The "Batocki" Re-Action Orchestra

The "Re-Action Orchestra" symbolises the continuous alternation between on the one hand the active, agile phase, loaded with energy, and on the other hand the passive phase of recuperation, from which strength may be drawn. Of decisive importance is the equilibrium between tension and relaxation, which is upset either by exaggerated action for action's sake by hyperactivity or by pessimistic lethargy. Both the incessant assimilation of information and total lack of interest lead to immobility. The sound installation does not tackle these extreme attitudes; rather, it seeks to deal with action and reaction as if in a game. The public can decide itself whether it wishes to be the conductor of a small orchestra or merely to go through the "orchestra" and perceive acoustic or optical changes. When people play with the installation, every change of tone simultaneously means a change in the optical situation. Lines of viewing are opened up, while others are obstructed. If none of the objects are activated, the installation reacts to the public, and thus from time to time individual sequences are to be heard. The installation consists of twelve objects, made up of wooden and metal strips which are screwed together in criss-cross fashion, so that each object can be moved as if it were a pair of scissors. Through the linking together of several of these scissors-like elements the object can extend and then contract again. In everyday life one finds such constructions as coat-hangers, in lifting ramps or as pergolas in the garden. Changes in the extension of the object are measured and converted into electronic signals, which accordingly affect electro-acoustic events. Just as the trombone makes tonal shifts directly visible through the activation of the slide, so in the Batocki Orchestra acoustic and tonal changes, as well as rhythmic and metric ones, are made visible. The "batocki" can be extended and contracted in two different ways: through direct activation of the instrument by the public or through an electronically steered mechanism, which automizes the changes of length.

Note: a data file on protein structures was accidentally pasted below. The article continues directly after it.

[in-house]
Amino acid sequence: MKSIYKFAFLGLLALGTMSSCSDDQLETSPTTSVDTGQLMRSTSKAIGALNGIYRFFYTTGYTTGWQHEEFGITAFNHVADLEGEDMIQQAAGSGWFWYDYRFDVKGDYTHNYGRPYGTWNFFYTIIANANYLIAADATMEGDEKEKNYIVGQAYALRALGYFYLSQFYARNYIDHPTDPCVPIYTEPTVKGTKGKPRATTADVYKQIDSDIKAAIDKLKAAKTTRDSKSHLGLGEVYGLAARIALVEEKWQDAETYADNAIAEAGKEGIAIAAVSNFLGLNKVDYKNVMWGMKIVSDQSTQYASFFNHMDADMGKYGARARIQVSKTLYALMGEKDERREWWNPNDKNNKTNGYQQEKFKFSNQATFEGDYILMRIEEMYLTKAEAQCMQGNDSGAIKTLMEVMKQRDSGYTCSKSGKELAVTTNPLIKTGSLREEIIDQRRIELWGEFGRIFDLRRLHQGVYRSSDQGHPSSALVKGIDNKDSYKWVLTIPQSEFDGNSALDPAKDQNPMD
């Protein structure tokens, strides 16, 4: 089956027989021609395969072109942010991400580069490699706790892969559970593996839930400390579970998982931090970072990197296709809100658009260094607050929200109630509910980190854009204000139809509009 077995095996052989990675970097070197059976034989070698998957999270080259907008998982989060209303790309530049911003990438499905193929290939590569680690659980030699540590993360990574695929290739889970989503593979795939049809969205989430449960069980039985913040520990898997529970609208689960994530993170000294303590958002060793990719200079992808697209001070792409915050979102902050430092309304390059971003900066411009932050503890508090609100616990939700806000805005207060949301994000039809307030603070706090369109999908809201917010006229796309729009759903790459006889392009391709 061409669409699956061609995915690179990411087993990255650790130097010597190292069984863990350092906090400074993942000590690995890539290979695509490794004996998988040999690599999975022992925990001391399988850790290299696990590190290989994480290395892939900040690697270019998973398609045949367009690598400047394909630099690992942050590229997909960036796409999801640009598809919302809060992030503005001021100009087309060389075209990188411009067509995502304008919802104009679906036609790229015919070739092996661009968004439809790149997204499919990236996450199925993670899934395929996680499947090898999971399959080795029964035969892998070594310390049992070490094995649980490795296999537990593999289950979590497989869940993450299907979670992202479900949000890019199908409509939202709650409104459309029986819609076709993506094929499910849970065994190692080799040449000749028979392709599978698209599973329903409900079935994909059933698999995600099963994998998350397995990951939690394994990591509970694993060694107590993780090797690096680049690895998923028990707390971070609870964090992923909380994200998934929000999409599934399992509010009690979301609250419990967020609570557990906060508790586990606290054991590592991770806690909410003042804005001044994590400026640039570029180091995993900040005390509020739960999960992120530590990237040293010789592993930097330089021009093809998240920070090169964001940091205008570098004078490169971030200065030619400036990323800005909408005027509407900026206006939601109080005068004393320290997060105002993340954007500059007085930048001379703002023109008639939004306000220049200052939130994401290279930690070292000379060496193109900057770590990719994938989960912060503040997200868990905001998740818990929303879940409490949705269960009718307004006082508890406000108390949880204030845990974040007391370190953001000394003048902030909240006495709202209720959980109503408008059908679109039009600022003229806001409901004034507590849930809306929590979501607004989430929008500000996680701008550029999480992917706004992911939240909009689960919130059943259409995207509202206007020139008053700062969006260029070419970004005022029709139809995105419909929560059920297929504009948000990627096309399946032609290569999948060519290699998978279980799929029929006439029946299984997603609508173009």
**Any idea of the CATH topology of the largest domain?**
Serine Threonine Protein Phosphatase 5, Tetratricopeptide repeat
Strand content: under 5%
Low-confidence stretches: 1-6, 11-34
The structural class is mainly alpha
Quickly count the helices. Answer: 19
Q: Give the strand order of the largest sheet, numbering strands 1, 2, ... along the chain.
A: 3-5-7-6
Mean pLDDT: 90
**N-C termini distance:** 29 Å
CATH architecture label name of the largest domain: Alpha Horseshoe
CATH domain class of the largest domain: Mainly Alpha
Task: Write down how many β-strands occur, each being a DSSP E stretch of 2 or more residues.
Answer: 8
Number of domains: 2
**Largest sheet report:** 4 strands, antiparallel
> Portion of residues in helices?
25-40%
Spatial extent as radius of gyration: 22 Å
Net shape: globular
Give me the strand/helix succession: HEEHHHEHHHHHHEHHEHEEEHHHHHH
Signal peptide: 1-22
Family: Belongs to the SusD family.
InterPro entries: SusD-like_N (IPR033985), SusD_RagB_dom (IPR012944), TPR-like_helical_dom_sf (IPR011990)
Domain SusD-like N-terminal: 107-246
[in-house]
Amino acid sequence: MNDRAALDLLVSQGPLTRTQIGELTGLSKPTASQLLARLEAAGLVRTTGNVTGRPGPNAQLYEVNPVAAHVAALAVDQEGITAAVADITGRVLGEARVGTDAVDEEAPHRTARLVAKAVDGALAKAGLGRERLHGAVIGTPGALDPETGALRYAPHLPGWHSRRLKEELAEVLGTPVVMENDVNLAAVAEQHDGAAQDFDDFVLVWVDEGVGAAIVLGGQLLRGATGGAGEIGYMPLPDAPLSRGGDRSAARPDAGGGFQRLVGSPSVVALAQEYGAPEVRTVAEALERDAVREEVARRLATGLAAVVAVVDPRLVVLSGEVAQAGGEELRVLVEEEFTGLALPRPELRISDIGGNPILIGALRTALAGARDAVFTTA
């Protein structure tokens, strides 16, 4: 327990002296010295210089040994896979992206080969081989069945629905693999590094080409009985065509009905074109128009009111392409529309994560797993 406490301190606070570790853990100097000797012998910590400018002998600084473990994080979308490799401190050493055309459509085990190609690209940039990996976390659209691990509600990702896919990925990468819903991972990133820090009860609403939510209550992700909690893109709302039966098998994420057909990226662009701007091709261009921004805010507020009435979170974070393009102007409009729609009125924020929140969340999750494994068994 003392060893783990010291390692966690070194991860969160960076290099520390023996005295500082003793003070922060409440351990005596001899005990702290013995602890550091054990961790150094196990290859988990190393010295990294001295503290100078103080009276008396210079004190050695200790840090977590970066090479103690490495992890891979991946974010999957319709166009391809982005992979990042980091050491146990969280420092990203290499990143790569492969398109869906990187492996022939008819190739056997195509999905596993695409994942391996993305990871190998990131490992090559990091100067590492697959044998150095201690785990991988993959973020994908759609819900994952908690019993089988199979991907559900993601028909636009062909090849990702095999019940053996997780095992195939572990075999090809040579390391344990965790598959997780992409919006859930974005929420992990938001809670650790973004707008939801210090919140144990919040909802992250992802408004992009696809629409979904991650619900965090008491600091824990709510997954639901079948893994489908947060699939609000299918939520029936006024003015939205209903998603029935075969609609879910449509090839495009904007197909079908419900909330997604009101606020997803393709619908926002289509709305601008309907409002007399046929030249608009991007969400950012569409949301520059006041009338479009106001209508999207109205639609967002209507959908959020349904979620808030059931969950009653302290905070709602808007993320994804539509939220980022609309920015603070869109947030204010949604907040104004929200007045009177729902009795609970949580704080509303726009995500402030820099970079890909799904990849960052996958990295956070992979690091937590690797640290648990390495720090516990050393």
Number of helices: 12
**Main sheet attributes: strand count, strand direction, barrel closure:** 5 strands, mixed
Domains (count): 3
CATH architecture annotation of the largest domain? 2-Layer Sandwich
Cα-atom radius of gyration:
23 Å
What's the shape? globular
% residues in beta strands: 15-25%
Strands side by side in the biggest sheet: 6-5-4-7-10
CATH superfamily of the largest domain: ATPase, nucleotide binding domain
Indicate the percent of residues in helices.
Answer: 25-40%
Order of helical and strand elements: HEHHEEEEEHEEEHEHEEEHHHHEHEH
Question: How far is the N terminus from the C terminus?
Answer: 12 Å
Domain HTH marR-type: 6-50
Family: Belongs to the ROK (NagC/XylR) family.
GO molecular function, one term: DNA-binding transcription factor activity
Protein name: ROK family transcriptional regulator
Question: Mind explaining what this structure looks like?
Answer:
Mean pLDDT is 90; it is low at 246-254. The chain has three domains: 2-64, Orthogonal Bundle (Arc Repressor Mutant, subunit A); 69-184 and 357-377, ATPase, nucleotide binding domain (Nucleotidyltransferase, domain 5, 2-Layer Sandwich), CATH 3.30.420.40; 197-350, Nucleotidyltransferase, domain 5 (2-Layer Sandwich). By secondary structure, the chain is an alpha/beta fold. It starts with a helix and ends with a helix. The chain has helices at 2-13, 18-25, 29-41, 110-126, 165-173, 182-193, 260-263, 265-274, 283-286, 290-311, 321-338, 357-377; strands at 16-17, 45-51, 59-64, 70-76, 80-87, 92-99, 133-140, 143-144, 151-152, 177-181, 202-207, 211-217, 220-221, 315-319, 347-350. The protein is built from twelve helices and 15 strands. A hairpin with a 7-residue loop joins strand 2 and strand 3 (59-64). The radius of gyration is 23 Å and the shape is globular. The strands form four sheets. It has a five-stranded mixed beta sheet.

The objects themselves fall into two groups:

Group 1: Electro-acoustic production of sound
Tones, sounds and noises are produced electronically and radiated via a loudspeaker. The extent to which the objects are stretched out can affect the tone, the quality of sound, the filter frequencies, the v olume and various other parameters.

Group 2: Mechanical production of sound
The stretching out of the objects steers motors, electo-magnets, pumps, air compressors etc. By means of a mechanism, acoustic sound-producing devices, such as drums, strings of a zither, metal bars, cardboard boxes etc. are made to "sing". The extent to which the objects are stretched out influences the number of times the material is struck or the intensity of the noises and sounds.

Arrangement of the room
At one end of the room I will place four objects, which can be operated by the public. Four independent tones and sounds are produced. Through the actions set off by the public the eight other objects erected in the room are activated. A random generator selects various patterns of reaction. The simplest pattern is synchronic imitation of the movement concerned: if one object is stretched out, all the other objects automatically extend. The viewer can thus multiply his or her own action, and the number of acoustic events is raised to a power. All the instruments play in unison. In this way another variant - the mirror image - can also be produced: if the person lengthens the object, the orchestra "contracts", and vice versa. A canon is possible too: the action is taken up in turn by individual mechanical objects. For this purpose a micro-controller program assumes the task of varying and composing the musical material fed in by the public. Not always does the orchestra react immediately and synchronically: it "decides for itself" when, whether and in what manner it will "respond" to each action.
If the public changes more than one of the four objects at its disposal, the micro-controller program selects the sum or difference of each action and transforms these instructions to the "orchestra".